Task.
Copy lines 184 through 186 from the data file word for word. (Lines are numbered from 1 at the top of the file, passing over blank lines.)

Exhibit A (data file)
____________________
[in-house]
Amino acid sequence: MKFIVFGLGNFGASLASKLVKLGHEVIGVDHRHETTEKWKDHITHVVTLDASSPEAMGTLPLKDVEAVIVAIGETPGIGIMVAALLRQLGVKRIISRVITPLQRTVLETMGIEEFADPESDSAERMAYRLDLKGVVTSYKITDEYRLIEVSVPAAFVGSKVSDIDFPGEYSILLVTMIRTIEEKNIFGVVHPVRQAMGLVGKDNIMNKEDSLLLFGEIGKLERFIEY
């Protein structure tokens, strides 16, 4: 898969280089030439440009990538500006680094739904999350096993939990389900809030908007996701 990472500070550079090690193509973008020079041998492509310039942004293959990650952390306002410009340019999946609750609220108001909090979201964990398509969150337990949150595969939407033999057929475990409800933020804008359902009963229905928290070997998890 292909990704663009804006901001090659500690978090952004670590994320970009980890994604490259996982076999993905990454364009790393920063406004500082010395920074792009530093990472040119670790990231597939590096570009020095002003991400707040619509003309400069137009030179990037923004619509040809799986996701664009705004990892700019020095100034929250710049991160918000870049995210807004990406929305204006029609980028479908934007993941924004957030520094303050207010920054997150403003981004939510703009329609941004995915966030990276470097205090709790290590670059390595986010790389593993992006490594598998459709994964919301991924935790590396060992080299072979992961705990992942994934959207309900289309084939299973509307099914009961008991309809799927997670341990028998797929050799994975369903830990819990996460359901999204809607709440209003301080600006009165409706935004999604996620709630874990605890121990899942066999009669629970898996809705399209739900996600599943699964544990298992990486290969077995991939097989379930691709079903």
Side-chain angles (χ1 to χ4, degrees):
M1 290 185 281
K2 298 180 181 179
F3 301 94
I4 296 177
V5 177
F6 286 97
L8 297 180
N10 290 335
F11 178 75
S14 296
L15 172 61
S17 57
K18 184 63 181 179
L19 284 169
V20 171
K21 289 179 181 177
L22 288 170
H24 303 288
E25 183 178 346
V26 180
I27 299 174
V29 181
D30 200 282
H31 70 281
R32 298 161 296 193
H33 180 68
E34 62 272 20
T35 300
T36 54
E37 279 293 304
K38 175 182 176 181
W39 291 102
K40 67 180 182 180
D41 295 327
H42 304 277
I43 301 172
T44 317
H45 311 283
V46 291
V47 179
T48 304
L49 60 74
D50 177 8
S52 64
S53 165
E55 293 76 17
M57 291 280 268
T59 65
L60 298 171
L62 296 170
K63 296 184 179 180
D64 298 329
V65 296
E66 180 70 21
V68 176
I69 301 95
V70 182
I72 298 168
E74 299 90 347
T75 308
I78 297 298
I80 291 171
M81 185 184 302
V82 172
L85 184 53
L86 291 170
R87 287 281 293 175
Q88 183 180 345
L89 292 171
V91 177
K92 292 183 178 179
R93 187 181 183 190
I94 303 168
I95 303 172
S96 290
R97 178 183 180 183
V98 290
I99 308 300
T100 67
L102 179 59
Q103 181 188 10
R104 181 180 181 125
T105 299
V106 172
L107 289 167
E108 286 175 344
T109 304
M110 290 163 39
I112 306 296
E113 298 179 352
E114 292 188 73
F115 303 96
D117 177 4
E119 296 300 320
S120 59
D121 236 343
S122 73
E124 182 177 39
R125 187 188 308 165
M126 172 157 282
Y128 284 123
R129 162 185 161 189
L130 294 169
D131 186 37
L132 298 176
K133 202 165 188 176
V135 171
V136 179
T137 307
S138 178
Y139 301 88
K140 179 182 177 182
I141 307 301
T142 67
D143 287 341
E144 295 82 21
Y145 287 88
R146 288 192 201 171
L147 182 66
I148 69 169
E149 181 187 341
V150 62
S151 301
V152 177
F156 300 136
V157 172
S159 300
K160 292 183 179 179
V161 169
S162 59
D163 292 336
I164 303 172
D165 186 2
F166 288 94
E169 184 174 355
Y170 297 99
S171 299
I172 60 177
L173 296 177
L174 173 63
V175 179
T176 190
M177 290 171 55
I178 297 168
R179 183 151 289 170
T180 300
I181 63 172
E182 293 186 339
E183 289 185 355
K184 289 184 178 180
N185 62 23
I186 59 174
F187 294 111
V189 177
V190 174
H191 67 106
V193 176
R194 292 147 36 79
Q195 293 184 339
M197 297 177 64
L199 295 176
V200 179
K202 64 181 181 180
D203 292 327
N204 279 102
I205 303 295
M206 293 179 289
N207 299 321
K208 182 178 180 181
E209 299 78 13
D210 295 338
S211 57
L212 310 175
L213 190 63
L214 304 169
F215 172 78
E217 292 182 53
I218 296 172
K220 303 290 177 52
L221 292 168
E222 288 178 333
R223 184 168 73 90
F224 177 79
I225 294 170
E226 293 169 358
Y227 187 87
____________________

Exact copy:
L221 292 168
E222 288 178 333
R223 184 168 73 90